Many patients today complain that the doctor doesn’t listen to them. They may have a lot of vague complaints, but are hesitant to say anything to the physician because these complaints have been ignored in the past. When physicians are faced with too many complaints from a patient, they probably believe there isn’t anything really wrong with the patient and that it has to be something psychosomatic and their problems can be addressed with the antidepressant du ‘Jour.
A term that gets thrown around a lot these days is gaslighting medicine, which comes from the title of a 1938 play Gaslight, later turned into a movie starring Ingrid Bergman, Charles Boyer and Joseph Cotton. A great black and white movie. The premise of the movie is that the husband tries to convince his wife that she’s going insane by manipulating her perception of reality. Though physicians are not being malicious in disregarding a patients symptoms, in many instances physicians disregard the patient’s symptoms because it may not fit the medical school accepted presentation.
One criticism of medicine today is that many studies in the past had been conducted only on white men and that other patients, non-white males, may have different presentations to similar illnesses. In the late eighties and the early nineties cardiologists realized that the presentation for myocardial infarctions were different between men and women. Several years ago, I had a female patient who was diagnosed with ankylosing spondylitis (AS), confirmed by an Xray that showed the classic bamboo spine. The rheumatologist I referred her to said it couldn’t be AS because it only affected men. Wrong! There is a male predominance, but AS can affect women. The problem here was that the rheumatologist approached the patient as a board question, not as a human being.
This is where, unfortunately, medicine is going. More and more, the medical industry (Big Pharma, Health Insurance and The Medical Education Institutes) are leading us to generalized medicine with its one-size-fits-all approach. They want medicine and medical decisions to fit into a nice, neat little package. In 2023, this isn’t going to work. The reason being is that there are over eight billion of us on this planet and no two are the same. Consider the amount of travel and relocation that has occurred in the last fifty years and you come to realize that there is more genetic diversity than ever before. A one- size-fits-all approach to medicine cannot, and will not, work.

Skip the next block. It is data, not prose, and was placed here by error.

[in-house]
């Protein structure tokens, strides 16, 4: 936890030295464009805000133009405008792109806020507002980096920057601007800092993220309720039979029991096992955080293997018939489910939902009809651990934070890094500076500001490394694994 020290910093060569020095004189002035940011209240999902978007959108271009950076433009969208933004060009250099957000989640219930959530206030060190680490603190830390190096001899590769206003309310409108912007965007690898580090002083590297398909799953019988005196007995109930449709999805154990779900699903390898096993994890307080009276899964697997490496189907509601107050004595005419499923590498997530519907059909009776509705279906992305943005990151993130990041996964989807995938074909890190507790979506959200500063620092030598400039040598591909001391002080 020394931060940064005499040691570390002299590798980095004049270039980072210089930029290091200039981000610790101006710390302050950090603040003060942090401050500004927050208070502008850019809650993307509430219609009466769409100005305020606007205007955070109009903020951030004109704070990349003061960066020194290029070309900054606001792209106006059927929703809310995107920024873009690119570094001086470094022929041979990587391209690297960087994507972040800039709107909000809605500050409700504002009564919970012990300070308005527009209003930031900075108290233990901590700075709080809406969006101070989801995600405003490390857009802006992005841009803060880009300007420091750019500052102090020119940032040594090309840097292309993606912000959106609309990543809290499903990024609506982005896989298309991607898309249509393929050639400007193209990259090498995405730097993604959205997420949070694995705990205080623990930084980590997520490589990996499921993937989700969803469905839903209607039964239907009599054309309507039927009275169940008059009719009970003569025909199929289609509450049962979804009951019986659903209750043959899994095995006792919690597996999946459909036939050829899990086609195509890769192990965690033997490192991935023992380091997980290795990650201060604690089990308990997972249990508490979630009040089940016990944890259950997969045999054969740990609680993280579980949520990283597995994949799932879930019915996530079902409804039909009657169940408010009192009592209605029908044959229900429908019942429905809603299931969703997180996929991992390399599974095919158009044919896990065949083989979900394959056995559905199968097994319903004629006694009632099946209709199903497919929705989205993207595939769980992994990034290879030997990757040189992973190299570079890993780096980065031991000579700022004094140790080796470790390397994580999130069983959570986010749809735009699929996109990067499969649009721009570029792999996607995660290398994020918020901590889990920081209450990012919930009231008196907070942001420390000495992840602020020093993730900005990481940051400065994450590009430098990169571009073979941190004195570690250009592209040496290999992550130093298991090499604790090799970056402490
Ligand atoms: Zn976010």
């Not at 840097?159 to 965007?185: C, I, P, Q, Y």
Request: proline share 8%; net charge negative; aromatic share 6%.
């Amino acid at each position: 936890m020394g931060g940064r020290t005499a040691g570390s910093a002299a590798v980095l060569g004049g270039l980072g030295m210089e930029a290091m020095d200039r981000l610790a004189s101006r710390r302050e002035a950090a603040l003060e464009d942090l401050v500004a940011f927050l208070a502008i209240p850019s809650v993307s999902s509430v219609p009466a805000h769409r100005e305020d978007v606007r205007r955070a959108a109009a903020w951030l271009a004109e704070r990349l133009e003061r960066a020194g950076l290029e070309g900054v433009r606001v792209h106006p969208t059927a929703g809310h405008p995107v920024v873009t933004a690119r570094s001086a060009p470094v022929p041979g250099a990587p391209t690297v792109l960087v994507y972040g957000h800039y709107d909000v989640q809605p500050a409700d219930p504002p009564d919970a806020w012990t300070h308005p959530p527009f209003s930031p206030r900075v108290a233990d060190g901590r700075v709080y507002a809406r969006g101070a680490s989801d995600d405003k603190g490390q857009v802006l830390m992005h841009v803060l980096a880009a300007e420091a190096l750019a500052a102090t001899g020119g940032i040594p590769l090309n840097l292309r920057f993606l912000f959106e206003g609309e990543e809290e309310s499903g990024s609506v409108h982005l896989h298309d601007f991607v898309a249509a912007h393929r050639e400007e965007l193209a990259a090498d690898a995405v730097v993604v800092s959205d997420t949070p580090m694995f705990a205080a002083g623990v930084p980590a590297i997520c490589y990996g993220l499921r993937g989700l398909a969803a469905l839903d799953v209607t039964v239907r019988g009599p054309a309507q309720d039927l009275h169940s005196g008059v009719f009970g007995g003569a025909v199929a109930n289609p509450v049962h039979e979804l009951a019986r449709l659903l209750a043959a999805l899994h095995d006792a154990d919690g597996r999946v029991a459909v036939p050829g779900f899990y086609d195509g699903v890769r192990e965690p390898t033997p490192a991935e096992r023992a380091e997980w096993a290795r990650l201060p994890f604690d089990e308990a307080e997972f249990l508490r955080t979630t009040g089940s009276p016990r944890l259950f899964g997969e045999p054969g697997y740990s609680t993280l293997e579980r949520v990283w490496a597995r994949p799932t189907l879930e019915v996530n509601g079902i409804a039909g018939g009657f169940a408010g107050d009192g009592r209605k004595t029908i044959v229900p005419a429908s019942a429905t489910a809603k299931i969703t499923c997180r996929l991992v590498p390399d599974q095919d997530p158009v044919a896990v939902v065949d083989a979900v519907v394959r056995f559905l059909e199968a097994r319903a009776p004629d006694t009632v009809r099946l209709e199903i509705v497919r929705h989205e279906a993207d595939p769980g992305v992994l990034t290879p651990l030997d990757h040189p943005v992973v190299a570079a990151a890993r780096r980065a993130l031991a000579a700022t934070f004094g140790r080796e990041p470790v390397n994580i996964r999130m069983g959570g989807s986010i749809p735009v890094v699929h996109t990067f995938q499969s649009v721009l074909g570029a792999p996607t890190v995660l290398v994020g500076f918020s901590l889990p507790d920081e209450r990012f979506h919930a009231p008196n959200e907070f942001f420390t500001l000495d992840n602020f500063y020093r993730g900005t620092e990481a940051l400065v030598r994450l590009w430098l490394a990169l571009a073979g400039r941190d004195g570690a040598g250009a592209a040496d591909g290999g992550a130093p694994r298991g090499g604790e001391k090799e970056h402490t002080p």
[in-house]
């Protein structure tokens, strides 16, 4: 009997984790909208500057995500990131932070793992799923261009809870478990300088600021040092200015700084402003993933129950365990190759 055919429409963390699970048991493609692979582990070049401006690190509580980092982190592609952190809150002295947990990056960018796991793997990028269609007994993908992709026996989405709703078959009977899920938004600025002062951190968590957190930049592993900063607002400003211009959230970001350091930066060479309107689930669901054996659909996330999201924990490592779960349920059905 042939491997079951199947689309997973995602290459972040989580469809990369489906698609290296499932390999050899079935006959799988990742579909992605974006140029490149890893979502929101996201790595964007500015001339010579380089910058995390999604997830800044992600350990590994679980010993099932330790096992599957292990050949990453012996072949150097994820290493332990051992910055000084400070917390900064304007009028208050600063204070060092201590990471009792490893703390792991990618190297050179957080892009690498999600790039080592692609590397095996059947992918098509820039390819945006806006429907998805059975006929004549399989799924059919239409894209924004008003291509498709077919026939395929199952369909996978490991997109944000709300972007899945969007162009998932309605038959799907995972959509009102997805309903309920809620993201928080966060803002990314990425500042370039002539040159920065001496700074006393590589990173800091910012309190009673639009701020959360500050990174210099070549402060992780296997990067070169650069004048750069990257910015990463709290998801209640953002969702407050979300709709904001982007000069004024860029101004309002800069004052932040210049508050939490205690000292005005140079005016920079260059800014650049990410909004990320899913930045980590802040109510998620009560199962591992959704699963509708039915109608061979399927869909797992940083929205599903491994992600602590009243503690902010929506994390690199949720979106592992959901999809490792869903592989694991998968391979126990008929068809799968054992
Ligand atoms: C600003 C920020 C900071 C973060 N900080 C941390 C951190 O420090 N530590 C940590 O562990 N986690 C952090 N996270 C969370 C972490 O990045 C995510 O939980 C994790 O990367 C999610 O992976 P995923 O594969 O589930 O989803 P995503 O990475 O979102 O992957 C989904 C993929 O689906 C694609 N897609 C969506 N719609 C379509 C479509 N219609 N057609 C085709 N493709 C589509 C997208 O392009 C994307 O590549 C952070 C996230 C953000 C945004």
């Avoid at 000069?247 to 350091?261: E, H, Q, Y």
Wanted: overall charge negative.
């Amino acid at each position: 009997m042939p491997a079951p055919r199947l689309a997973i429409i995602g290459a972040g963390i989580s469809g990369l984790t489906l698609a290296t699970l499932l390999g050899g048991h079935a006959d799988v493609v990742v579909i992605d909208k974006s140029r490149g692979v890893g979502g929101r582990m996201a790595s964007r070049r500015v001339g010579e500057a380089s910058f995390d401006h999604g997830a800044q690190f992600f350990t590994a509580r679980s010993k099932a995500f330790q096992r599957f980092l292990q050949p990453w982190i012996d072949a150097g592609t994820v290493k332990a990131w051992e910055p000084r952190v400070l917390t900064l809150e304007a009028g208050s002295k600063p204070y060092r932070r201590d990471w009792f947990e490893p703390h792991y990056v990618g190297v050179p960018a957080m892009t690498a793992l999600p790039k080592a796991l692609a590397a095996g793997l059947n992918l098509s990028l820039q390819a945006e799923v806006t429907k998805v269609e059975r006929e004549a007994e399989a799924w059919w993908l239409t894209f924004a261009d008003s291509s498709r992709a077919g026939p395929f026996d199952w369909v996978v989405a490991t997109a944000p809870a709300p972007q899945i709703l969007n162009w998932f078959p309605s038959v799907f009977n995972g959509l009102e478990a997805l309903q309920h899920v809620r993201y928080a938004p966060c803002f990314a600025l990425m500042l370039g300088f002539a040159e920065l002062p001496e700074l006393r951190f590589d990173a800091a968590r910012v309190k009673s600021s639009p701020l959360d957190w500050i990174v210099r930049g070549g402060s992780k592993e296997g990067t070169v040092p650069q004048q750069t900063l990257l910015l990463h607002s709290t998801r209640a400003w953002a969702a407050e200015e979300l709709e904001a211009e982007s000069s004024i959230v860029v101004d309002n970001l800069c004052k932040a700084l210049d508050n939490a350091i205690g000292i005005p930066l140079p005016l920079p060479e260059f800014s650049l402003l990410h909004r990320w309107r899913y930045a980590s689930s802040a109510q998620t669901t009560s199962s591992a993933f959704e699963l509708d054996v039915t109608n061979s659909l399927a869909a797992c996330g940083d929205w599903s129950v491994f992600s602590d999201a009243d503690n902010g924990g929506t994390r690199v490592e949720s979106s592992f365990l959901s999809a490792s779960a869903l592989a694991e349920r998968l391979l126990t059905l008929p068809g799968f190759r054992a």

In previous posts, I’ve discussed how clinical trials are sterile in that they only like to look for patients with the one particular illness. The same goes for clinical trials on new medications. Patients with multiple chronic conditions (MCC) are usually excluded from these studies. For many physicians, their patients haven’t read these clinical trials and aren’t aware that they’ve been excluded. More and more, clinicians are asked to treat by the numbers. You can’t use this protocol until the patient’s hemoglobin is this or the oxygen saturation is that. Who makes up these scales, anyway?
The more we treat by the numbers, the more medicine loses its sense of humanity. Instead of becoming more generalized, medicine needs to become more customized. If medicine continues on its current path, the machines will win.